It’s not too late to get the flu vaccination

People are being reminded that it’s still not too late to get their flu vaccination this winter.

The common virus, spread by coughs and sneezes, usually clears up within a week but can cause serious health complications among vulnerable groups of people – and in extreme cases be life-threatening.

The flu vaccination is one of the safest in the world and will not only protect the person receiving it, but also other people around them.

Flu can be particularly horrible for youngsters and they can quickly spread it around the whole family. Healthy children under the age of five are more likely to have to be admitted to hospital with flu than any other age group.

Flu virus is contained within the millions of tiny droplets which come out of the nose and mouth when an infected person coughs or sneezes.

These droplets typically spread around a metre but will land on nearby surfaces such as food, door handles, furniture, remote controls, telephone handsets and computer keyboards. They can survive for up to 24 hours.

Anyone who breathes in the droplets, or touches a surface they have landed on and then touches their nose or mouth, can catch the virus.

It is possible to pass on flu without having any symptoms. Spread of the infection can be prevented by washing hands regularly with soap and warm water, cleaning surfaces to kill germs, using tissues to cover the mouth and nose after coughing and sneezing, and then disposing of used tissues as quickly as possible.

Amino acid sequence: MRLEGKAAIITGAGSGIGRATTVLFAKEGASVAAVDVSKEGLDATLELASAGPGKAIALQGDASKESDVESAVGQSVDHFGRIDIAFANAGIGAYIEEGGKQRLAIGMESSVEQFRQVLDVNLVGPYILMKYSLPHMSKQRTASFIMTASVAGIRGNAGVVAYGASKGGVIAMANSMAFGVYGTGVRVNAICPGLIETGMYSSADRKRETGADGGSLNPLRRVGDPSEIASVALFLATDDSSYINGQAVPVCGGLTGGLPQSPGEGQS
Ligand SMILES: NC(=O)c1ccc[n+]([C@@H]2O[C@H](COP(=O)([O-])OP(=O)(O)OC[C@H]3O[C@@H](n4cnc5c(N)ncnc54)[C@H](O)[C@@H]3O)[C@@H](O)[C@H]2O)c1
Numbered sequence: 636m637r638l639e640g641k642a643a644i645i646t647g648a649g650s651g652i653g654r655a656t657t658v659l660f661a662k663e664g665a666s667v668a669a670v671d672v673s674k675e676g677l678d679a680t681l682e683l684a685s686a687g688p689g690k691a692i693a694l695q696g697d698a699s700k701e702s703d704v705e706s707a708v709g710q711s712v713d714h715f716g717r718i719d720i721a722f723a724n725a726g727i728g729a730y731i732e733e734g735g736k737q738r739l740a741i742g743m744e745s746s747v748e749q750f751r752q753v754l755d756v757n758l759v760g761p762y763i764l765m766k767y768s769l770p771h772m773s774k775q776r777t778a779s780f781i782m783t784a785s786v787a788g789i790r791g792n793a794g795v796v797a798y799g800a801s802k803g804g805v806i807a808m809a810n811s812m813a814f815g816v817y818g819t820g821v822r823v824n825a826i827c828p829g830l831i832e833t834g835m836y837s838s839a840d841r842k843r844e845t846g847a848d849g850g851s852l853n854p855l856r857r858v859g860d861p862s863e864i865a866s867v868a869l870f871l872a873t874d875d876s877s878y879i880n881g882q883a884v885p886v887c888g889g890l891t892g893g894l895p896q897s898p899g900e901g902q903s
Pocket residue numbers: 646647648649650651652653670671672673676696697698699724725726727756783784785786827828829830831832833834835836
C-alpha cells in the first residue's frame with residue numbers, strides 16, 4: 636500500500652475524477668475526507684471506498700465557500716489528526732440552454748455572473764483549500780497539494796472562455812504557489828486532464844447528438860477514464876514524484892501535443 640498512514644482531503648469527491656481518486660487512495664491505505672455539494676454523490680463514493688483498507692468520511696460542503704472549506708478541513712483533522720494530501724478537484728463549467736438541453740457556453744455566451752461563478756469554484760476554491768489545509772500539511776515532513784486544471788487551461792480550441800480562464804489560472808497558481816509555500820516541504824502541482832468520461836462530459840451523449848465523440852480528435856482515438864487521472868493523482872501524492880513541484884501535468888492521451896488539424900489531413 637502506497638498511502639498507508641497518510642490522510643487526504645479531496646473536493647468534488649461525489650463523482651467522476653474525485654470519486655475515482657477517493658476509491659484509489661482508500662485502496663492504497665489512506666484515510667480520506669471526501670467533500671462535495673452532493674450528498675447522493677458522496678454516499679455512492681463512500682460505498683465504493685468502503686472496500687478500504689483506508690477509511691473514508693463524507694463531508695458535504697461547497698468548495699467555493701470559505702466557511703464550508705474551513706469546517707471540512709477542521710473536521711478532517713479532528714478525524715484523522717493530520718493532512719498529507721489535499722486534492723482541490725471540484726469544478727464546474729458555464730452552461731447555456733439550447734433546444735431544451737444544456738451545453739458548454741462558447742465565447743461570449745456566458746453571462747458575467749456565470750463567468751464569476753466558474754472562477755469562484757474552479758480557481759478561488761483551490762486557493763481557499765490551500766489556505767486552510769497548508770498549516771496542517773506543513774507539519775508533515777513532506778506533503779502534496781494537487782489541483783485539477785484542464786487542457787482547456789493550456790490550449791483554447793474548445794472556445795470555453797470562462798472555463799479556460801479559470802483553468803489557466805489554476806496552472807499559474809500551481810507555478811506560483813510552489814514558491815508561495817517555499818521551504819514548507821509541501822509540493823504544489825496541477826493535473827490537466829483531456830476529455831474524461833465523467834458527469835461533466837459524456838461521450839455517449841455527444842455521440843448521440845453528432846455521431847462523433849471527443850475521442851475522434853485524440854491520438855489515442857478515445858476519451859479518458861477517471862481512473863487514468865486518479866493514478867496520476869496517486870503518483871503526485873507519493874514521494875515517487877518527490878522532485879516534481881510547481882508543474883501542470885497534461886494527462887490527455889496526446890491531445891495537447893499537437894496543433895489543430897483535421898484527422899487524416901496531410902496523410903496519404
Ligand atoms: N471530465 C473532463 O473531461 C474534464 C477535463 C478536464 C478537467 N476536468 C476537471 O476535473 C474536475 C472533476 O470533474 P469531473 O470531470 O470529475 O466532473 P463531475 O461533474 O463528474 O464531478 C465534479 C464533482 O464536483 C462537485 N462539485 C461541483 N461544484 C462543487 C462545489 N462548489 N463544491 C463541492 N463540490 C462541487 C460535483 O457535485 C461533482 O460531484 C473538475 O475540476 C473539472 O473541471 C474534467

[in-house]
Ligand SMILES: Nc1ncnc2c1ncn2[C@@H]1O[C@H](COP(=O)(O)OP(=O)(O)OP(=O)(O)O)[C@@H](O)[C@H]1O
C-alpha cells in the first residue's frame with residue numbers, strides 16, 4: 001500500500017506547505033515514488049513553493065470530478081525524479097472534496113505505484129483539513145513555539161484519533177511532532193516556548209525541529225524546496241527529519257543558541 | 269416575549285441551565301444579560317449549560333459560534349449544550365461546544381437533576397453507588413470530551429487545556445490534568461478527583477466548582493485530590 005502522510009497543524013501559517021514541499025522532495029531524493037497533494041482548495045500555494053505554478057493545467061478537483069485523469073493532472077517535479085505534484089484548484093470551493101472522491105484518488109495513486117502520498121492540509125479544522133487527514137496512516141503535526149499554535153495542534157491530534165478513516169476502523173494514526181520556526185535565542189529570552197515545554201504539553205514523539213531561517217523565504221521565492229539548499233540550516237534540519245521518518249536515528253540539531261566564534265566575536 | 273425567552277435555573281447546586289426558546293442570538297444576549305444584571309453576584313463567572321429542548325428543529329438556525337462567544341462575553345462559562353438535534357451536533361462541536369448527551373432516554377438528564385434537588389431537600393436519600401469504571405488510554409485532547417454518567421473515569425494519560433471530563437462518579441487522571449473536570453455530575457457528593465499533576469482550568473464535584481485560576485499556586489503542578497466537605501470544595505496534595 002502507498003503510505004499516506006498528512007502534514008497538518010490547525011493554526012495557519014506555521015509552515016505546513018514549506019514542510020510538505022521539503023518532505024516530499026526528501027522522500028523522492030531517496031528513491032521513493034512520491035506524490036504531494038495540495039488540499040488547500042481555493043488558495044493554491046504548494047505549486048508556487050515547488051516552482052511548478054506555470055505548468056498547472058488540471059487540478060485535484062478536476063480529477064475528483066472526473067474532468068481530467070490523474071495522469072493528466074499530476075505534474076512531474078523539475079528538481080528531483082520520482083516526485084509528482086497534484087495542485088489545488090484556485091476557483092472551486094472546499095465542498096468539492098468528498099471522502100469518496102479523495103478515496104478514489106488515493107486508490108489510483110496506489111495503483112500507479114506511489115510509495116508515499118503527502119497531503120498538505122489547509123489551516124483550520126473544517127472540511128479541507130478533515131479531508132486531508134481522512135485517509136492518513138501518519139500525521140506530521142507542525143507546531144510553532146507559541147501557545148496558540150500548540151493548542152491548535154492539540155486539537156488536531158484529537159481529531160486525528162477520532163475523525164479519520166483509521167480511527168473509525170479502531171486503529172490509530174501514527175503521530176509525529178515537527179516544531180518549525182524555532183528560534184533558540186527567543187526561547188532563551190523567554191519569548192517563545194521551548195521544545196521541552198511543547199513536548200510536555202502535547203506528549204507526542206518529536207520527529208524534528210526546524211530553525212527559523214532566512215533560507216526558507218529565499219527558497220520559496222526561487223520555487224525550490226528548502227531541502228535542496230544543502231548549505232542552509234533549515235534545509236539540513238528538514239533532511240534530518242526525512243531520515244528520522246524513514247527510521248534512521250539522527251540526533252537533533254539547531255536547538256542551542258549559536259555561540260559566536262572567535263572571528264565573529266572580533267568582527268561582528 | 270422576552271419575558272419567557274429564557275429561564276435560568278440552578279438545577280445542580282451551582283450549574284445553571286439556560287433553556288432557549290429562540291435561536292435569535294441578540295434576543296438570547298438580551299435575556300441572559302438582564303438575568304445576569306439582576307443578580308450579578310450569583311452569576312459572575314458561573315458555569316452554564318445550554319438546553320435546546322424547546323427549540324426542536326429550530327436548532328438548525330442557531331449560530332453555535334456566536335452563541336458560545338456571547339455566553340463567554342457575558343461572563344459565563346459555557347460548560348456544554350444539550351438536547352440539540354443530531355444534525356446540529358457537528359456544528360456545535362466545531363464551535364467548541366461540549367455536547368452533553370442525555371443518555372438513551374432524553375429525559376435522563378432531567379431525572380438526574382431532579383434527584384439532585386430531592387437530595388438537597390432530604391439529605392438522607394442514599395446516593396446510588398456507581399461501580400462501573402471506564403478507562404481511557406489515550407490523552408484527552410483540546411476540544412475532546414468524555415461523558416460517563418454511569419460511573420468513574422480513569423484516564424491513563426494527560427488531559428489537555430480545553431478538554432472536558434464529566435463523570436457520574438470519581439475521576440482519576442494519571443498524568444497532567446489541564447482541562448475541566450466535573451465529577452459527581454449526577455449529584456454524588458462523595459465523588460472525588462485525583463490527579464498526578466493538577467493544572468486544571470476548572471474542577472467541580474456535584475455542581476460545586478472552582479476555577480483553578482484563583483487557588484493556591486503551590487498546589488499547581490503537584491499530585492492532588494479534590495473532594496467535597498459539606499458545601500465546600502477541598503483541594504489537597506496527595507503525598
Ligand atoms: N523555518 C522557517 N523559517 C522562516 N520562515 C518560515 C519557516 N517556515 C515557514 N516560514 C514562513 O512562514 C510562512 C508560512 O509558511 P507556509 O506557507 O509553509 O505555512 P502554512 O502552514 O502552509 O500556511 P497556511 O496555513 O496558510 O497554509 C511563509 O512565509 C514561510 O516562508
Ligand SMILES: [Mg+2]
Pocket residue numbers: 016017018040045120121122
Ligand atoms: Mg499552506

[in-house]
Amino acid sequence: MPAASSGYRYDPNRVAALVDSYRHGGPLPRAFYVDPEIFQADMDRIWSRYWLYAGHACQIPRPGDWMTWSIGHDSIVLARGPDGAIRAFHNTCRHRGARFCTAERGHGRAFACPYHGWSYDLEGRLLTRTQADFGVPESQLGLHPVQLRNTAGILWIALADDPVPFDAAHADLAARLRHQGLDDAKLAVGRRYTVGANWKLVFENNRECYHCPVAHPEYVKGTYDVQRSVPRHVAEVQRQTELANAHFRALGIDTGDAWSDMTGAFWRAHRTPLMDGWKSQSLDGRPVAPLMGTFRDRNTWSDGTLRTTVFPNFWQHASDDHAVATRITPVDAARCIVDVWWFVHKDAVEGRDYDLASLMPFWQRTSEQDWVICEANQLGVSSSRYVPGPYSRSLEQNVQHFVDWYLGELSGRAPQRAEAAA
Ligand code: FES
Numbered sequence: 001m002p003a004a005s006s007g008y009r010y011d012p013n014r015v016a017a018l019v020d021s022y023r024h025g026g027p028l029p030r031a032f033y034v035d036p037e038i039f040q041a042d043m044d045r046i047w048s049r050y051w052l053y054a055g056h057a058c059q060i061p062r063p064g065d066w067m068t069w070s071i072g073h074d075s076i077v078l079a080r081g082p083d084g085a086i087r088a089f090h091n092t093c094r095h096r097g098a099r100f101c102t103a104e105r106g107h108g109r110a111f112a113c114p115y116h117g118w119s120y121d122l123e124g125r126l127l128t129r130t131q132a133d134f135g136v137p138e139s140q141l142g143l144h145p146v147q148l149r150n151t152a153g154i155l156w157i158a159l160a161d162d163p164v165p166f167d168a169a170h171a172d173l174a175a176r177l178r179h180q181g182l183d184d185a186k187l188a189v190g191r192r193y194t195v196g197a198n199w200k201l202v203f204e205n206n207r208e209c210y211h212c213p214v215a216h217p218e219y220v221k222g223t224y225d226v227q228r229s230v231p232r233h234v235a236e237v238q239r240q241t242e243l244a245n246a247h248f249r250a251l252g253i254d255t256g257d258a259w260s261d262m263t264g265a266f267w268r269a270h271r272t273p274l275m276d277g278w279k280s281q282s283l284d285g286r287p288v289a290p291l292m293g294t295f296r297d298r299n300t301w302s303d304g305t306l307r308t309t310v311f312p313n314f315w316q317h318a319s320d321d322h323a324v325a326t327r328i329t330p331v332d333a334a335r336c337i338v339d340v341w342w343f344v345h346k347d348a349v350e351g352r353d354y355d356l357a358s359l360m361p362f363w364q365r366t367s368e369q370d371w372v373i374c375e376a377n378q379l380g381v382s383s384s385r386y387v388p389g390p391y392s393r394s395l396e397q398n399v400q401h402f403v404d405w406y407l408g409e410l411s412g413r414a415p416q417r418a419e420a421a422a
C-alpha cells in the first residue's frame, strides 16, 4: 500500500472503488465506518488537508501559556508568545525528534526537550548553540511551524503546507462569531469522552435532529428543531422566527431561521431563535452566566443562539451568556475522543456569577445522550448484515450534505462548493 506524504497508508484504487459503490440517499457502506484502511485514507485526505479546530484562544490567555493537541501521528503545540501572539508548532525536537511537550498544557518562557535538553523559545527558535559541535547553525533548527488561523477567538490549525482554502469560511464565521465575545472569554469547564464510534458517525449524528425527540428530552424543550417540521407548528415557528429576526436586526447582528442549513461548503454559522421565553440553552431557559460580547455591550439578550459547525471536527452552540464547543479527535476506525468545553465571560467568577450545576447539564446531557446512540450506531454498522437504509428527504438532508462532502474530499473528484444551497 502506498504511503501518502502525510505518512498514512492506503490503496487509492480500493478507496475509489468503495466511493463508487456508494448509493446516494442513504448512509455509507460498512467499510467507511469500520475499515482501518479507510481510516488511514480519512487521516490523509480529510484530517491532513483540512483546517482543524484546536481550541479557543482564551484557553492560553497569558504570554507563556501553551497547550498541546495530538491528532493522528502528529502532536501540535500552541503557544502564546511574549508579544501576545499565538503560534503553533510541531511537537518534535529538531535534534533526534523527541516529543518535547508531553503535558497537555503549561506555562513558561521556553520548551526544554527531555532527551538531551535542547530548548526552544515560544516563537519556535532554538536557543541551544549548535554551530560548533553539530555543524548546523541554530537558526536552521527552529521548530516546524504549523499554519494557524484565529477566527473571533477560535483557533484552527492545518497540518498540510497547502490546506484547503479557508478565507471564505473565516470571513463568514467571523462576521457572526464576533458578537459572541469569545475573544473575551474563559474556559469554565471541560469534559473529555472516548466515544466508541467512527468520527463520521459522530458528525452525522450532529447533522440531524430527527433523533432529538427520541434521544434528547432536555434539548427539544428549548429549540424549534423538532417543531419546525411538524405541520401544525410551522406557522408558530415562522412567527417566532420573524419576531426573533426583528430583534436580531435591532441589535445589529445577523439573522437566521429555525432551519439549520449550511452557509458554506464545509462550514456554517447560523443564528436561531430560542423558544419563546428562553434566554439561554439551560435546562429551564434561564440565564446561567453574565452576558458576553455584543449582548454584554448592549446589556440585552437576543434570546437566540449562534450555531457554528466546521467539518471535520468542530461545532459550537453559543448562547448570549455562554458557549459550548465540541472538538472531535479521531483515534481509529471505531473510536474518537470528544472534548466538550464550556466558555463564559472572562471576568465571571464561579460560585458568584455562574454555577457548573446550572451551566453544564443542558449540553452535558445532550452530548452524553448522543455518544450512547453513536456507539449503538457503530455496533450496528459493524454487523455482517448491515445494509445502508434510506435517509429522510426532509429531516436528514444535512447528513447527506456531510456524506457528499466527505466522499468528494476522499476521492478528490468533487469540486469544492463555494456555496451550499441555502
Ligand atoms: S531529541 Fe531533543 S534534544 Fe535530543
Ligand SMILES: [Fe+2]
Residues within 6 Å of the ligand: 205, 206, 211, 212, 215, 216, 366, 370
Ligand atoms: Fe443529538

The flu vaccine is available for free on the NHS to:

  • Anyone over the age of 65
  • Pregnant women
  • Anyone who is very overweight (a body mass index above 40)
  • Children and adults with an underlying health condition (particularly long-term heart or lung disease)
  • Children and adults with weakened immune systems
  • Carers
  • Those in long-stay residential care homes

An annual flu vaccine nasal spray is also now offered to healthy children aged two and three years old via their GP, and to pupils aged four to eight in schools. This is quick, painless and protects them against the virus without the need for an injection.

Alison Challenger, Director of Public Health at Nottingham City Council, said: “A large number of people still view flu as simply a ‘bad cold’. They are completely unaware of the risks, and potentially serious consequences, of catching it – particularly among vulnerable groups. By having the jab, you are helping to protect not only yourself, but your family, friends and work colleagues too.

“Don’t put off getting your vaccination if you’re eligible – it’s free because you need to have it. Make an appointment to see your GP or pharmacist today.”

More information at the flu vaccination is available at www.nhs.uk/conditions/vaccinations/flu-influenza-vaccine/

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